Editor’s Note: Dr. Eva Selhub has practiced medicine for 20 years and is an Instructor at Harvard Medical School. When Dr. Selhub heard about USREPS’ scheme to criminalize CrossFit affiliates, she immediately opposed it. She submitted the following article in response to USREPS.
I recently found out that the US Registry of Exercise Professionals (USREPS) has gone on a national campaign to attack any personal trainer who is not certified with the American College of Sports Medicine (ACSM), the National Strength and Conditioning Association (NSCA) or other similar organizations. They are pointing the gun mostly at CrossFit trainers who have taken CrossFit courses and certifications. Interestingly, USREPS is focusing its attack on personal trainers only, not group exercise. And USREPS categorizes CrossFit coaches as the former, though they teach in groups.
USREPS’ sample legislation mandates that a CrossFit trainer who teaches someone how to squat without ACSM, NSCA or other similar certifications would pay a fine, or face jail time.
Any person who violates Code Section 43-XX-7 shall be guilty of practicing as a personal fitness trainer without a current registration and shall be punished as a misdemeanor of a high and aggravated nature by the imposition of a fine not to exceed $XX, or confinement for not more than XX months, or both …
Huh? Seriously? What really is USREPS’ motivation, I wonder?
They claim that CrossFit is unsafe and causes more injuries than other sports, yet there is no proof that this is the case. I doubt they have acknowledged the literature showing the growing amount of injuries suffered from individuals participating in yoga.
Personally, I have gotten injured more often taking salsa lessons, doing Zumba (I’m not so coordinated), and doing power yoga and flow yoga. Oh wait, group classes don’t count.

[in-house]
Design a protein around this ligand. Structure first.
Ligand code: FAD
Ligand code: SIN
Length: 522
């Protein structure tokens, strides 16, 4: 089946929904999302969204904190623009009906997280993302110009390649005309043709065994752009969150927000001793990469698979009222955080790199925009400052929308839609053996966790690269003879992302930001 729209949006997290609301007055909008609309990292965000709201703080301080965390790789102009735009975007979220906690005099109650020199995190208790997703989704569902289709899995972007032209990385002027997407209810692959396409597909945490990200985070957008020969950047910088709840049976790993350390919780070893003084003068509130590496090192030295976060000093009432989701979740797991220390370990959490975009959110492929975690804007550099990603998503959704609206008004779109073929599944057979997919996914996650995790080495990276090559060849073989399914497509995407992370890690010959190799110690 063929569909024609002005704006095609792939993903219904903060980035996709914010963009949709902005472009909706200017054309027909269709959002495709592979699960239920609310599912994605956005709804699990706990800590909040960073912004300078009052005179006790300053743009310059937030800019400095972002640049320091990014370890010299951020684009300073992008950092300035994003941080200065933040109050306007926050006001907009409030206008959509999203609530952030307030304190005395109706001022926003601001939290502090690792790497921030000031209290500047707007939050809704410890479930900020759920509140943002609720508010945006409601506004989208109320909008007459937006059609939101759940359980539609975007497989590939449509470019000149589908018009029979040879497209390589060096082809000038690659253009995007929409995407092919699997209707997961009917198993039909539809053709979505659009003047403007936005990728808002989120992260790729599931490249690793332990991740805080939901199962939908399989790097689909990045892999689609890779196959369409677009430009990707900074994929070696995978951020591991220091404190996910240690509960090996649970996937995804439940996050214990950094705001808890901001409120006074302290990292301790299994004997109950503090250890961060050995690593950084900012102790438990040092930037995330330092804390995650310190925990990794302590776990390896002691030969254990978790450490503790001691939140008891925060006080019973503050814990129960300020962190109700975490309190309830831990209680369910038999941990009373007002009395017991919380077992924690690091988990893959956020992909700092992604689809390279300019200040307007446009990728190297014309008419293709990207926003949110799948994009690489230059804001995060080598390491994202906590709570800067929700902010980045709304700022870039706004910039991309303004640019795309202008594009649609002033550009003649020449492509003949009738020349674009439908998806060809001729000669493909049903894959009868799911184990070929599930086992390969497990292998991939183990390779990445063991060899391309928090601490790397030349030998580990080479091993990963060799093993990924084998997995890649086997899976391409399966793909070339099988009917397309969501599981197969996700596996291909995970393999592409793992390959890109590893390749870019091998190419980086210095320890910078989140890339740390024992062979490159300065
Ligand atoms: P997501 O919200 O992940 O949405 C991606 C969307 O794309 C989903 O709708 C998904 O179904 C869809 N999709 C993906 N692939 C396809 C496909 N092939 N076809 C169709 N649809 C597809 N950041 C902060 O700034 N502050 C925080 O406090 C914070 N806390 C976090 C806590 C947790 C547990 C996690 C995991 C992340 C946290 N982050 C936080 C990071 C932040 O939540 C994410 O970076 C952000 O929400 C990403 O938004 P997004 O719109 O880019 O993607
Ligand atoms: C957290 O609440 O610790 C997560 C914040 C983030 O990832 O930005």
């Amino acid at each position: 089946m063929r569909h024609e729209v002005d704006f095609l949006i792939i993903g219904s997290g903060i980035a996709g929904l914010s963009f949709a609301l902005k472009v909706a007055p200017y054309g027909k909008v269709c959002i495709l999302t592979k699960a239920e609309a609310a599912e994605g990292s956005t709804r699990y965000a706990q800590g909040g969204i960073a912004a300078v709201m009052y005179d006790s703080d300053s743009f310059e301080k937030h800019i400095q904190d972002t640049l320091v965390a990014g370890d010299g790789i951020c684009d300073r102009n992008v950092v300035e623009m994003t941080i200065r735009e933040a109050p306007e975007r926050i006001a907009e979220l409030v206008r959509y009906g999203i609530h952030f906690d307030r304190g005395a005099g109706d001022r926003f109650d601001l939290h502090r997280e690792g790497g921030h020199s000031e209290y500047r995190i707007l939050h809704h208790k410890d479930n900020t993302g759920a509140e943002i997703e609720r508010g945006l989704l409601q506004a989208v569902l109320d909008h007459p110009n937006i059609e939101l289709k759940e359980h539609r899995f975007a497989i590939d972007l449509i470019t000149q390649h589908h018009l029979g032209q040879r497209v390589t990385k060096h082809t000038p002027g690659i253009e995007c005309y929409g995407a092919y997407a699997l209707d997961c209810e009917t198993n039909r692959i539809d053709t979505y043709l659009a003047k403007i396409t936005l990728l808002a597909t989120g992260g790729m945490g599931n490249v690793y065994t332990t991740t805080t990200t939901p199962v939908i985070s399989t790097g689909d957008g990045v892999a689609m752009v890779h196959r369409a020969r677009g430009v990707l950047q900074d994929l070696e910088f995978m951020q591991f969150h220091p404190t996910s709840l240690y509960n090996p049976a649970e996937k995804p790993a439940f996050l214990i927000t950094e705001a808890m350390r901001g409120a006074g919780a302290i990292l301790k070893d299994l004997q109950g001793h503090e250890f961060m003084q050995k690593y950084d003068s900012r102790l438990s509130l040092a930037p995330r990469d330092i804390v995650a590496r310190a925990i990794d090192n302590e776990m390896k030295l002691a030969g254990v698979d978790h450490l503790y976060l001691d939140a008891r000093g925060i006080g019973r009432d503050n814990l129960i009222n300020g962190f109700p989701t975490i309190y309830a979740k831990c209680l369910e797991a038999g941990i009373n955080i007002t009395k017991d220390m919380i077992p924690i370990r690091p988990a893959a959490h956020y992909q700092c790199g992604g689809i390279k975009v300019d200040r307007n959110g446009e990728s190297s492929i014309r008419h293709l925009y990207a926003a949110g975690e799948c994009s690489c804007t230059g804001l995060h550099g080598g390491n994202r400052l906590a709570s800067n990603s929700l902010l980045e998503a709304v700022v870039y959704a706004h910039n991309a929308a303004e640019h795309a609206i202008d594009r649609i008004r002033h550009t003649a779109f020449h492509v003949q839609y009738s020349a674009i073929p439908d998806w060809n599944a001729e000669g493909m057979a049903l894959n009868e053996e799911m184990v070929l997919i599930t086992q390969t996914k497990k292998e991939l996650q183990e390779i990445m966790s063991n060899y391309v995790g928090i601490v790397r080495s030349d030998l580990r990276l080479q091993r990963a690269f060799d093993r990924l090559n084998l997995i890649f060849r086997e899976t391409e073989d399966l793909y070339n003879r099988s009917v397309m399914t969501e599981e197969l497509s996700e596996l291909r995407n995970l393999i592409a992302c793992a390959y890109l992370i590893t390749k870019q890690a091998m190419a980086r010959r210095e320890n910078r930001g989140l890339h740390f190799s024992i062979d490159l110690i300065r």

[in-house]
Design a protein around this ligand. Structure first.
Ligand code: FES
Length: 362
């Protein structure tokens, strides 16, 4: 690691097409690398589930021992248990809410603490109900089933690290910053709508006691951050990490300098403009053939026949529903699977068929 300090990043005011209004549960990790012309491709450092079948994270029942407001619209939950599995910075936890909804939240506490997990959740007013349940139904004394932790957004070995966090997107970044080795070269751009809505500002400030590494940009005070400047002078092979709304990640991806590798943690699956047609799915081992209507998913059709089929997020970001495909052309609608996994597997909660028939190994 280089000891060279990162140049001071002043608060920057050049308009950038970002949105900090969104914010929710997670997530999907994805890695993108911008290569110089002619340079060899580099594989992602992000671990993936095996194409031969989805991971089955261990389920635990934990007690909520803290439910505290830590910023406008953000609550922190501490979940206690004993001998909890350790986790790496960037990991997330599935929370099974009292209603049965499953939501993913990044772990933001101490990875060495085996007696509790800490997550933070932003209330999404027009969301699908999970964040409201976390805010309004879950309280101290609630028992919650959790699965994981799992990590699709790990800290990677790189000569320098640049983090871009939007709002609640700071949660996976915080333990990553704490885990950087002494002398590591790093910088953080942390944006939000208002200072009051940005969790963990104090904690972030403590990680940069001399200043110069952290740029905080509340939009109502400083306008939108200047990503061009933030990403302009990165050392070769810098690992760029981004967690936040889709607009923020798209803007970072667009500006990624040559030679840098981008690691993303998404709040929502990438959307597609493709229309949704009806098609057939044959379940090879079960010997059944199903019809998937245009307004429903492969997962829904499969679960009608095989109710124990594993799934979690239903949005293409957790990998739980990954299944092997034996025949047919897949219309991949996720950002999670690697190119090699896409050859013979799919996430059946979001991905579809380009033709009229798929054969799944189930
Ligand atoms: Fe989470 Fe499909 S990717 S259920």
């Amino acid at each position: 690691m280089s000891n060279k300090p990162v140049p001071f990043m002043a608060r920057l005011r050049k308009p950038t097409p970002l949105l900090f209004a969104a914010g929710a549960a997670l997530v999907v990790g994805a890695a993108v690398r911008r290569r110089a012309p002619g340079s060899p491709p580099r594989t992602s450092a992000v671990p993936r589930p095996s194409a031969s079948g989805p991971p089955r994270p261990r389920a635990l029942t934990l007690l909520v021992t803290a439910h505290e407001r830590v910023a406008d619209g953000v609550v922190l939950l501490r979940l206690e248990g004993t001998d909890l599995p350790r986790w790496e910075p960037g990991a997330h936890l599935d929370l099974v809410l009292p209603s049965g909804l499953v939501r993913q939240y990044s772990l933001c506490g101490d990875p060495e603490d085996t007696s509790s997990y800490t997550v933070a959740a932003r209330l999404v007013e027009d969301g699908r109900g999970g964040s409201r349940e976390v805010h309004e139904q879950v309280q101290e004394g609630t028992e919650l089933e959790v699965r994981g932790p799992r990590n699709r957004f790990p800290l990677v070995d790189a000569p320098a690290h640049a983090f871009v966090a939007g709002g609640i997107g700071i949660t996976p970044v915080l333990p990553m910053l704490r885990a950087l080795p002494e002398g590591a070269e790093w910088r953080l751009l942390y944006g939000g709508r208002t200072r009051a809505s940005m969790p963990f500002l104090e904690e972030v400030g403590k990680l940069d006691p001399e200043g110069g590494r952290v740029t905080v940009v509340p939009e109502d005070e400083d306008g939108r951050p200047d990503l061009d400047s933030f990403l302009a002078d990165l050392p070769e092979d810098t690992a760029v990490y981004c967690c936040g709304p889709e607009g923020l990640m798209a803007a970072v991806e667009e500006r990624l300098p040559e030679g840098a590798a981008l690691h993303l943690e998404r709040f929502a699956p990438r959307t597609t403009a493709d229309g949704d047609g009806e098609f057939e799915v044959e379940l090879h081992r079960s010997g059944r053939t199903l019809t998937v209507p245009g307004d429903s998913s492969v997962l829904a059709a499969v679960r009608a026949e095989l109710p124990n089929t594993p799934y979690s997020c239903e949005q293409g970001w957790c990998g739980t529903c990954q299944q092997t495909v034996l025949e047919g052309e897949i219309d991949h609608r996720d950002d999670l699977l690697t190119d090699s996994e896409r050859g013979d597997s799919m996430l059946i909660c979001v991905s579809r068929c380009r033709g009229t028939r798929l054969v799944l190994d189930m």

Well what about the six personal trainers who led me to do exercises that I specifically told them I couldn’t do because of a back injury, who convinced me to do them anyway, resulting in me being incapacitated for three to six months at a time?
What I didn’t realize back then is that anyone can actually get certified as a personal trainer by taking an online course and then taking an exam without any one-on-one time, training or coaching. Supposedly, the person who does spend six weeks reading the material and just barely passing the exam, is also fully capable of understanding back injuries like mine and able to keep people like me fit safely.
Of course many (and hopefully most) personal trainers have had years of training and studying, but only Washington D.C. has passed a fitness licensure law. My CrossFit affiliate’s instruction not only did not get me injured, but also helped me heal my 30-year-old back injury. So why is USREPS targeting CrossFit trainers?
I just don’t get it.
We live in a world where obesity and the sedentary lifestyle are an epidemic. Finally, there exists a movement that is getting people to be enthusiastic, not only about being fit, but about being part of a community and eating healthy.
I found these words written by CrossFit 858 owner Mark Lin about one of his members. They brought me to tears and reminding me exactly why I love CrossFit: